All of a triploblastic animal's tissues and organs are derived from the three germ layers of the embryo, the ectoderm and endoderm. Animal tissues can be grouped into four basic types: connective, epithelial and nervous tissue. Connective tissues are fibrous and made up of cells scattered among inorganic material called the extracellular matrix. Connective tissue holds them in place; the main types are loose connective tissue, adipose tissue, fibrous connective tissue and bone. The extracellular matrix contains proteins, the chief and most abundant of, collagen. Collagen plays a major part in maintaining tissues; the matrix can be modified to form a skeleton to protect the body. An exoskeleton is a thickened, rigid cuticle, stiffened by mineralization, as in crustaceans or by the cross-linkin
An anapsid is an amniote whose skull does not have openings near the temples. Traditionally, the Anapsida are the most primitive subclass of reptiles, the ancestral stock from which Synapsida and Diapsida evolved, making anapsids paraphyletic, it is however doubtful that all anapsids lack temporal fenestra as a primitive trait, that all the groups traditionally seen as anapsids lacked fenestra. While "anapsid reptiles" or "anapsida" were traditionally spoken of as if they were a monophyletic group, it has been suggested that several groups of reptiles that had anapsid skulls might be only distantly related. Scientists still debate the exact relationship between the basal reptiles that first appeared in the late Carboniferous, the various Permian reptiles that had anapsid skulls, the Testudines. However, it was suggested that the anapsid-like turtle skull is due to reversion rather than to anapsid descent; the majority of modern paleontologists believe that the Testudines are descended from diapsid reptiles that lost their temporal fenestrae.
More recent morphological phylogenetic studies with this in mind placed turtles within diapsids, some place turtles as a sister group to extant archosaurs or, more within Lepidosauromorpha. All molecular studies have upheld the placement of turtles within diapsids. However, one of the most recent molecular studies, published on 23 February 2012, suggests that turtles are lepidosauromorph diapsids, most related to the lepidosaurs. Reanalysis of prior phylogenies suggests that they classified turtles as anapsids both because they assumed this classification and because they did not sample fossil and extant taxa broadly enough for constructing the cladogram. Testudines is suggested to have diverged from other diapsids between 200 and 279 million years ago, though the debate is far from settled. Although procolophonids managed to survive into the Triassic, most of the other reptiles with anapsid skulls, including the millerettids and pareiasaurs, became extinct in the late Permian period by the Permian-Triassic extinction event.
Despite the molecular studies, there is evidence. All known diapsids excrete uric acid as nitrogenous waste, there is no known case of a diapsid reverting to the excretion of urea when they return to semi-aquatic lifestyles. Crocodilians, for example, are still uricotelic, although they are partly ammonotelic, meaning they excrete some of their waste as ammonia. Ureotelism appears to be the ancestral condition among primitive amniotes, it is retained by mammals, which inherited ureotelism from their synapsid and therapsid ancestors. Ureotelism therefore would suggest that turtles were more anapsids than diapsids; the only known uricotelic chelonian is the desert tortoise, which evolved it as adaptation to desert habitats. Some desert mammals are uricotelic, so since all known mammals are ureotelic, uricotelic adaptation is a result of convergence among desert species. Therefore, turtles would have to be the only known case of a uricotelic reptile reverting to ureotelism. Anapsida is still sporadically recognized as a valid group, but this is not favoured by current workers.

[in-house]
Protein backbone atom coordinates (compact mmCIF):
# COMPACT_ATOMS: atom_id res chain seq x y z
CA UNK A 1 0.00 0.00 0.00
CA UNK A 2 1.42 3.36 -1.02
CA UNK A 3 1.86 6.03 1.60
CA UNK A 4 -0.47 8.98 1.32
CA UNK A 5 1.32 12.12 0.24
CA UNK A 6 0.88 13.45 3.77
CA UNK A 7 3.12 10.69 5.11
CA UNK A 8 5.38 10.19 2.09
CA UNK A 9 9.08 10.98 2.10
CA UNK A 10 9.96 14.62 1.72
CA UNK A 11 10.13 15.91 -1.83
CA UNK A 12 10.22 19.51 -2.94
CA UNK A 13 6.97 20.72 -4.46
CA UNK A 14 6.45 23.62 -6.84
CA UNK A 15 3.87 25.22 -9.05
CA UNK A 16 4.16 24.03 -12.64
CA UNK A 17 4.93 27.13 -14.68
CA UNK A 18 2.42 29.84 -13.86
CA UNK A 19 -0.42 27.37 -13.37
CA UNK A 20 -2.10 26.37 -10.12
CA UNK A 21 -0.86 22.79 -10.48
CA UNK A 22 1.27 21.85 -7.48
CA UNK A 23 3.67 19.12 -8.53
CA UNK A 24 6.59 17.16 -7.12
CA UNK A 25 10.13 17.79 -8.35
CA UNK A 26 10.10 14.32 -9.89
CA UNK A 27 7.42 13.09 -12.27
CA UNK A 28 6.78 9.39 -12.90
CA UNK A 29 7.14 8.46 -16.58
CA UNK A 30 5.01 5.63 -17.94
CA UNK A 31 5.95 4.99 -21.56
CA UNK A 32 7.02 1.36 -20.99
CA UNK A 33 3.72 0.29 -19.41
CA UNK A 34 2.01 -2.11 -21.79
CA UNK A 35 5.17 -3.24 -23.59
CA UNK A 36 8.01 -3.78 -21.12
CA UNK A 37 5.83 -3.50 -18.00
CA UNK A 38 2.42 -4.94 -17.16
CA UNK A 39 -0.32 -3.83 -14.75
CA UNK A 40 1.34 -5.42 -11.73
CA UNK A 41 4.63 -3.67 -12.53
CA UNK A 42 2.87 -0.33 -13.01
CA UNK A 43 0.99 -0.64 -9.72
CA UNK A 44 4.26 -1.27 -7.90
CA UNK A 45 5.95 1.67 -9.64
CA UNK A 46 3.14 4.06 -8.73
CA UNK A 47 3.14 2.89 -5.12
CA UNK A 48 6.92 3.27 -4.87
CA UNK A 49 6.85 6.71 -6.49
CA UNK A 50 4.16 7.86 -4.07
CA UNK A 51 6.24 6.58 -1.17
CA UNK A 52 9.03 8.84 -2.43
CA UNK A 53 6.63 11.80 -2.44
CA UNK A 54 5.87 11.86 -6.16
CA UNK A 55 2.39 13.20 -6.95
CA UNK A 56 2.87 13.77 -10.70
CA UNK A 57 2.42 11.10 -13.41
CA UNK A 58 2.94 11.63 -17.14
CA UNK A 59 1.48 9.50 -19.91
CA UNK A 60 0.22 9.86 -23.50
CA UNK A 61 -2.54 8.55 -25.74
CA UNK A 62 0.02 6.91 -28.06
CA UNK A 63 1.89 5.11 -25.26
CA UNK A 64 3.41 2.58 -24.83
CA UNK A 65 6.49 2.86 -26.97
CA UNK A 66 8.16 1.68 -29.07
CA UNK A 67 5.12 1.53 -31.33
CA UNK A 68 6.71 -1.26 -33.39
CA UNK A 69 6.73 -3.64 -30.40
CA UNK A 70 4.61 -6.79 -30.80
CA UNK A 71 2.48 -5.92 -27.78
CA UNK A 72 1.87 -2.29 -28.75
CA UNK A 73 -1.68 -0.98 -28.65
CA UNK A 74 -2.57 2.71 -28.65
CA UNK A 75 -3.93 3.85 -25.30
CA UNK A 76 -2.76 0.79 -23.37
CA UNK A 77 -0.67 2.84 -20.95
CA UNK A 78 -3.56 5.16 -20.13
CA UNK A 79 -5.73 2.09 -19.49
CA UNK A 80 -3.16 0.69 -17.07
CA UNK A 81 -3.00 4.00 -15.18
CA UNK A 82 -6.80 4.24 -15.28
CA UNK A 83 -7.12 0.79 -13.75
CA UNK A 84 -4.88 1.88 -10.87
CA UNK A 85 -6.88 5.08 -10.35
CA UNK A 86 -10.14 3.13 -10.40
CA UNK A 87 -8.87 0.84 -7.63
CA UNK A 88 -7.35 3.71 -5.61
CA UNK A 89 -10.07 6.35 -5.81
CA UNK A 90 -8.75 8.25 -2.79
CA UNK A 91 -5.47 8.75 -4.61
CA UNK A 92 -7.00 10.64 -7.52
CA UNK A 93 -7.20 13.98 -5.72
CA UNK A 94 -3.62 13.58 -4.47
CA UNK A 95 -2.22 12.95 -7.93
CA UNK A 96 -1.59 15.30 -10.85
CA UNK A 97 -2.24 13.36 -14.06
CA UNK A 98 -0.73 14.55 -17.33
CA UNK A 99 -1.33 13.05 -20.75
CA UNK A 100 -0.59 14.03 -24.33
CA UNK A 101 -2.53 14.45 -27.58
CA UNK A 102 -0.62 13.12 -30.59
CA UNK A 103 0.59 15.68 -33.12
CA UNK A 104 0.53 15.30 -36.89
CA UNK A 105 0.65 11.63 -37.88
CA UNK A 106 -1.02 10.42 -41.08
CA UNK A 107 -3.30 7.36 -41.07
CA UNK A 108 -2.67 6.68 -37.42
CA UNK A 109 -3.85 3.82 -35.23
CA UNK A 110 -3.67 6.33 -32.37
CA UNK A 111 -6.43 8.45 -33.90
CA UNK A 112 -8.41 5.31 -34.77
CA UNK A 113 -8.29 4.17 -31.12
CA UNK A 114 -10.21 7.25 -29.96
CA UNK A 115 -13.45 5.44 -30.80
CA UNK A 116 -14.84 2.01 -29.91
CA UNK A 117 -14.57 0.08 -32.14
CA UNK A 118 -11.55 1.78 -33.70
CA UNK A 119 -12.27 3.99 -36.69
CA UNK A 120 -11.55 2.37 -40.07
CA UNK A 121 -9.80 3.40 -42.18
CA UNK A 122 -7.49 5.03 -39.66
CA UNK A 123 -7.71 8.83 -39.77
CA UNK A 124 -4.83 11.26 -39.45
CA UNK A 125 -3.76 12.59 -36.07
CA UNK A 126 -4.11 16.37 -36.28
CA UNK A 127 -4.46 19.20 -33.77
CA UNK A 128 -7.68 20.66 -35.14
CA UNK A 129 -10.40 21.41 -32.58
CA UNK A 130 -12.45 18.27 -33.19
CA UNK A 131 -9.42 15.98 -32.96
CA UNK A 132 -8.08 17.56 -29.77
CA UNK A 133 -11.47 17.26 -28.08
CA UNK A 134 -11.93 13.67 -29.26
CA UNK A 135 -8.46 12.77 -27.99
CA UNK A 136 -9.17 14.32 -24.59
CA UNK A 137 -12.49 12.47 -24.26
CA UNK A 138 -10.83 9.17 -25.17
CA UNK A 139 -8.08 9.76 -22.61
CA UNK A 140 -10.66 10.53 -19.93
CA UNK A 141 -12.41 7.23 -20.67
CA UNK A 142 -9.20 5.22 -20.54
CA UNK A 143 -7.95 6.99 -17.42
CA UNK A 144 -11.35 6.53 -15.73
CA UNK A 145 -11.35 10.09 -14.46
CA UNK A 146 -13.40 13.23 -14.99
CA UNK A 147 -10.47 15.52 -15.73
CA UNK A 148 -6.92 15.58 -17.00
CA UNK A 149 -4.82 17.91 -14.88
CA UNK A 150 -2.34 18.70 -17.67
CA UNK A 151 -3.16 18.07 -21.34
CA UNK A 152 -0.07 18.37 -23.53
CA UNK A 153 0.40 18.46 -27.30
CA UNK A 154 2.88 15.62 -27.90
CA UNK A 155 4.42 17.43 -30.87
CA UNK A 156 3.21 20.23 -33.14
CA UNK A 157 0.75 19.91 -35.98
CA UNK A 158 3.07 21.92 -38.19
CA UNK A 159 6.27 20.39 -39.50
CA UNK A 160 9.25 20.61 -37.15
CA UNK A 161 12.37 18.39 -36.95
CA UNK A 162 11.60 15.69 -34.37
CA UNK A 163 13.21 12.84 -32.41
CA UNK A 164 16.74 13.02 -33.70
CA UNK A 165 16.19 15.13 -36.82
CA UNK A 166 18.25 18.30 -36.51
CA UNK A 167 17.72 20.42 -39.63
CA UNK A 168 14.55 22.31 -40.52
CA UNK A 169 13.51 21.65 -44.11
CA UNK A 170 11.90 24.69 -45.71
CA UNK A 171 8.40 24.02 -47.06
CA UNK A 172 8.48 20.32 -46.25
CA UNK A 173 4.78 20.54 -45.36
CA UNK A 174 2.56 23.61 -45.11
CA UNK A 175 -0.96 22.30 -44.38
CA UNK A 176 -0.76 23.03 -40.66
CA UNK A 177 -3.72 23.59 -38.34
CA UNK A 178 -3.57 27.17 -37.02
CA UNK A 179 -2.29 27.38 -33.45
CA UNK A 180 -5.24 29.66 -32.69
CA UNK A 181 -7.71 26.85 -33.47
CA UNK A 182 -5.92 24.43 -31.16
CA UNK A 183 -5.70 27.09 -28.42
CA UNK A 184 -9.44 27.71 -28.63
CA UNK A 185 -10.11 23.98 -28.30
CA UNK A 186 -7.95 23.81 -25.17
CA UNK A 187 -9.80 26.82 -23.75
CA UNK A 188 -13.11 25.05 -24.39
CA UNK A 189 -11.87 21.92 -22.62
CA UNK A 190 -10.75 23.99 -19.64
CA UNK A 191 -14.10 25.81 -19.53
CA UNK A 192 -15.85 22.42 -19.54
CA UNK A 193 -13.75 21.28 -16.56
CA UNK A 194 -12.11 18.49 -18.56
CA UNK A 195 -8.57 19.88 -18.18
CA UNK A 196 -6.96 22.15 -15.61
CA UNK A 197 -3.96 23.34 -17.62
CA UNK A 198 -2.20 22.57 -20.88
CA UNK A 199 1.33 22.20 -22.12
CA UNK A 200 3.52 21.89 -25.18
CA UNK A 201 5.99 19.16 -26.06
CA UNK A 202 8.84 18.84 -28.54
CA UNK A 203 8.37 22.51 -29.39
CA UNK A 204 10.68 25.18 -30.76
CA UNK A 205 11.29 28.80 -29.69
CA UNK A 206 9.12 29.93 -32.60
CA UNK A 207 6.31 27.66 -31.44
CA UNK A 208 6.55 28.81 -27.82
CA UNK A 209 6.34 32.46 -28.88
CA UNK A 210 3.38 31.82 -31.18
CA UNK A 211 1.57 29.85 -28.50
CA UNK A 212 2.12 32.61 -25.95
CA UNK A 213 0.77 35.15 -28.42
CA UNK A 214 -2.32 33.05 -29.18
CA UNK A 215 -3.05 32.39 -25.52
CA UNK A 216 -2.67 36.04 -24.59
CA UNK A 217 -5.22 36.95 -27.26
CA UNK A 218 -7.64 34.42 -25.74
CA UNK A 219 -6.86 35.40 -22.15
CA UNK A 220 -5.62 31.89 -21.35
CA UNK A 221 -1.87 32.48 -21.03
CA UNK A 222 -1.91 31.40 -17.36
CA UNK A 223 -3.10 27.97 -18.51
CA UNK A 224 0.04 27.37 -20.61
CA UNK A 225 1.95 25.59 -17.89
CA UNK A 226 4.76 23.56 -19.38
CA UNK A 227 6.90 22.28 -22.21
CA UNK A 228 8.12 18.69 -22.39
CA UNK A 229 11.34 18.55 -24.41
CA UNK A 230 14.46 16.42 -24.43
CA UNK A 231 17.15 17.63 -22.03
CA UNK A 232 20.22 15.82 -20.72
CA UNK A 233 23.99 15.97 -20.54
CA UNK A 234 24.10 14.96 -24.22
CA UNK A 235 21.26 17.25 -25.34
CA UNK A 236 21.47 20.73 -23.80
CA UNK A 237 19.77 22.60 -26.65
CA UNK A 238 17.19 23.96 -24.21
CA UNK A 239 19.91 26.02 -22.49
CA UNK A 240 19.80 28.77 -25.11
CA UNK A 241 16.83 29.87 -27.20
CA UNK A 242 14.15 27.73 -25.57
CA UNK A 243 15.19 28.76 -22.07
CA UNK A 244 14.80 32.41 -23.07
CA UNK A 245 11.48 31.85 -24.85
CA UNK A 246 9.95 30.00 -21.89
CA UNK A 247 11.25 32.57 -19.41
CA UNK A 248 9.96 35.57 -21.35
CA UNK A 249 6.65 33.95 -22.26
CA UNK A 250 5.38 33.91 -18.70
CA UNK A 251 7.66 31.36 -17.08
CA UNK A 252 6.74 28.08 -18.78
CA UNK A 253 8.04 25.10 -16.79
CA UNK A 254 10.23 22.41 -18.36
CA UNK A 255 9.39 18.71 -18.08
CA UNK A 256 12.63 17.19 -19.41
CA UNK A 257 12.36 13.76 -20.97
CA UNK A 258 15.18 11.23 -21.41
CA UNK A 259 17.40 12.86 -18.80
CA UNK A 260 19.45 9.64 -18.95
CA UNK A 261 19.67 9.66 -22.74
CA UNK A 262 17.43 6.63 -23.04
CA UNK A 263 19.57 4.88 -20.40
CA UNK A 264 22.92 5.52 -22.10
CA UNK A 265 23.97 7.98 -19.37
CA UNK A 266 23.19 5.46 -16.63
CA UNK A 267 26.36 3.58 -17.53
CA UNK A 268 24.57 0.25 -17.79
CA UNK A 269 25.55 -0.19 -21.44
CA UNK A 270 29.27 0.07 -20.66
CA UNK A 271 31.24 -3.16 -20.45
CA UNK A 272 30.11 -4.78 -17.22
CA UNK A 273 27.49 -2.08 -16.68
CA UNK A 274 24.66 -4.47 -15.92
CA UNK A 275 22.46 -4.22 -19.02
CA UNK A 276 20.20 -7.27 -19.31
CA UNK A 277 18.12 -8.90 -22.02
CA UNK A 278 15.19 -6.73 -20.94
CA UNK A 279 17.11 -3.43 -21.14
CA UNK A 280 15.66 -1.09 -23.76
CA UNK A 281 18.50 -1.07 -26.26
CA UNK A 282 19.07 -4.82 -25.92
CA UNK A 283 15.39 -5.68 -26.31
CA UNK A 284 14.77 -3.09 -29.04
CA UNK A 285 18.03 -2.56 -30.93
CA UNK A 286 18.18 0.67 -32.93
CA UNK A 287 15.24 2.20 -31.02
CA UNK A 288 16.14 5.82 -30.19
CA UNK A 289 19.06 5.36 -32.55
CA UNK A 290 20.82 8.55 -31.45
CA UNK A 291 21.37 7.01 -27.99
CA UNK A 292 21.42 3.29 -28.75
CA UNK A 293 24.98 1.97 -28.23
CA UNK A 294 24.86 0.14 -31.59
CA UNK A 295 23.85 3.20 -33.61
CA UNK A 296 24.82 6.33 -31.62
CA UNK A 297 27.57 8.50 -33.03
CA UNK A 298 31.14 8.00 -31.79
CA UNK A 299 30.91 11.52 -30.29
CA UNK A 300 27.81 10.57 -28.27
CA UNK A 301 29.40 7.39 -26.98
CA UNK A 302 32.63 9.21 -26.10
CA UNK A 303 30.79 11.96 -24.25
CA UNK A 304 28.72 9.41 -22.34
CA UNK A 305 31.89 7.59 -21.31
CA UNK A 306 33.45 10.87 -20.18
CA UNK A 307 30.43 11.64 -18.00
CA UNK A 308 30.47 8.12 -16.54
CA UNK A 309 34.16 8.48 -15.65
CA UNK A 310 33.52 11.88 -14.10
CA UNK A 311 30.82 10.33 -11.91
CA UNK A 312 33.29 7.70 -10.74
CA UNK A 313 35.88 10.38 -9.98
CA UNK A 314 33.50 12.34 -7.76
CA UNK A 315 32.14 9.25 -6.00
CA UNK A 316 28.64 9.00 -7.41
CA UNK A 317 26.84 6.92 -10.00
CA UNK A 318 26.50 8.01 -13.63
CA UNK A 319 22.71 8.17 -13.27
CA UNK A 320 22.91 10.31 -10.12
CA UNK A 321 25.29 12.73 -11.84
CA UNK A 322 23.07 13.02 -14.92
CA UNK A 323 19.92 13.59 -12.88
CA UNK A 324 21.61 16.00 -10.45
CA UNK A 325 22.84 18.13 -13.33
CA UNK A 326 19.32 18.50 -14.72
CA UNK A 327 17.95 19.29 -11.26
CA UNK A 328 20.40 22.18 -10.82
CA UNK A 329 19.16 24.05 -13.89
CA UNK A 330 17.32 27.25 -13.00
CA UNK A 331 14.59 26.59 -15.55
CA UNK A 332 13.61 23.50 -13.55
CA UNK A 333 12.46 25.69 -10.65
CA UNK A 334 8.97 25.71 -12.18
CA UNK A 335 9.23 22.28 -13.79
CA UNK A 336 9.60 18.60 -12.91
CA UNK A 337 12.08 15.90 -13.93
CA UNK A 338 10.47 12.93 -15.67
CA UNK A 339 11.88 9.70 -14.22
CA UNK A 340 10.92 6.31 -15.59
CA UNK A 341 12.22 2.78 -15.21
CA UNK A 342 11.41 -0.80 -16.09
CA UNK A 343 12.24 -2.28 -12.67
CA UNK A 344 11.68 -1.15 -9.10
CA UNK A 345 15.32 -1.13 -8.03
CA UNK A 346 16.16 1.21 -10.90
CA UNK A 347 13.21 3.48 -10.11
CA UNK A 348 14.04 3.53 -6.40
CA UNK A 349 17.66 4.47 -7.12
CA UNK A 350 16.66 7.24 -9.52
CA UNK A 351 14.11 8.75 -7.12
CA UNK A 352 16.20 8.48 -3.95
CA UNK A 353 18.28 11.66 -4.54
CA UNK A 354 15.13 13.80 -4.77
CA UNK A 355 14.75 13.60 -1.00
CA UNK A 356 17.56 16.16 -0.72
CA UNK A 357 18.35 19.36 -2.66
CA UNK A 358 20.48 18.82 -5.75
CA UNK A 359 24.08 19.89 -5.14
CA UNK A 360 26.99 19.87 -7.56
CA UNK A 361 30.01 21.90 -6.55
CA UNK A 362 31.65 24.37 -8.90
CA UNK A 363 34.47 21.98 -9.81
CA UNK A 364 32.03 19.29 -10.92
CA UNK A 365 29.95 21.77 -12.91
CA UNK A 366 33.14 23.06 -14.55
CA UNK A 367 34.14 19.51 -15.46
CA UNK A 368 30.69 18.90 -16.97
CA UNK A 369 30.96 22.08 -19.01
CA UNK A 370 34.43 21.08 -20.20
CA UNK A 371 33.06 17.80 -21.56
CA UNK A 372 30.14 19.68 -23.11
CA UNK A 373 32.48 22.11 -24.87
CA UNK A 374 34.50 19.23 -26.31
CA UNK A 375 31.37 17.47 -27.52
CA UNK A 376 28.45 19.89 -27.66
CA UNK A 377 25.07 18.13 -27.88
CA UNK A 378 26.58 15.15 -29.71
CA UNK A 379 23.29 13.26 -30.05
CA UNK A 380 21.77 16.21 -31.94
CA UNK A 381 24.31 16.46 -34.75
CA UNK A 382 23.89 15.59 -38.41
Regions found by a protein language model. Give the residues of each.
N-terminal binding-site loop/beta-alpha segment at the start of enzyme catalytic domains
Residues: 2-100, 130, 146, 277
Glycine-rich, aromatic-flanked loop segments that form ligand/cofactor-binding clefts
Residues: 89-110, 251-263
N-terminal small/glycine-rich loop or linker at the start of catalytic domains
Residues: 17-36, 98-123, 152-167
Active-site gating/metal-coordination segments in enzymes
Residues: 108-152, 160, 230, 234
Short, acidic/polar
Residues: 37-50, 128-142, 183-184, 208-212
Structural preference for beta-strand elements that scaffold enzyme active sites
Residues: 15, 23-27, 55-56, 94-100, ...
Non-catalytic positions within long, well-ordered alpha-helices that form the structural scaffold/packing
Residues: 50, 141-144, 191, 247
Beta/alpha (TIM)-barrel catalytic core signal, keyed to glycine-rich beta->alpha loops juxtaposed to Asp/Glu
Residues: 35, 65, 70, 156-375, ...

Anapsids in the traditional meaning of the word are not a clade, but rather a paraphyletic group composed of all the early reptiles retaining the primitive skull morphology, grouped together by the absence of temporal openings. Gauthier and Rowe attempted to redefine Anapsida so it would be monophyletic, defining it as the clade containing "extant turtles and all other extinct taxa that are more related to them than they are to other reptiles"; this definition explicitly includes turtles in Anapsida. Indeed, Gauthier and Rowe themselves included only turtles and Captorhinidae in their Anapsida, while excluding the majority of anapsids in the traditional sense of the word from it. Tsuji and Müller noted that the name Anapsida implies a morphology, in fact absent in the skeletons of a number of taxa traditionally included in the group. A temporal opening in the skull roof behind each eye, similar to that present in the skulls of synapsids, has been discovered in the skulls of a number of members of Parareptilia, including lanthanosuchoids, bolosaurids, some nycteroleterids, some procolophonoids and at least some mesosaurs.
The presence of temporal openings in the skulls of these taxa makes it uncertain whether the ancestral reptiles had an anapsid-like skull as traditionally assumed or a synapsid-like skull instead. Euryapsida Introduction to Anapsida from UCMP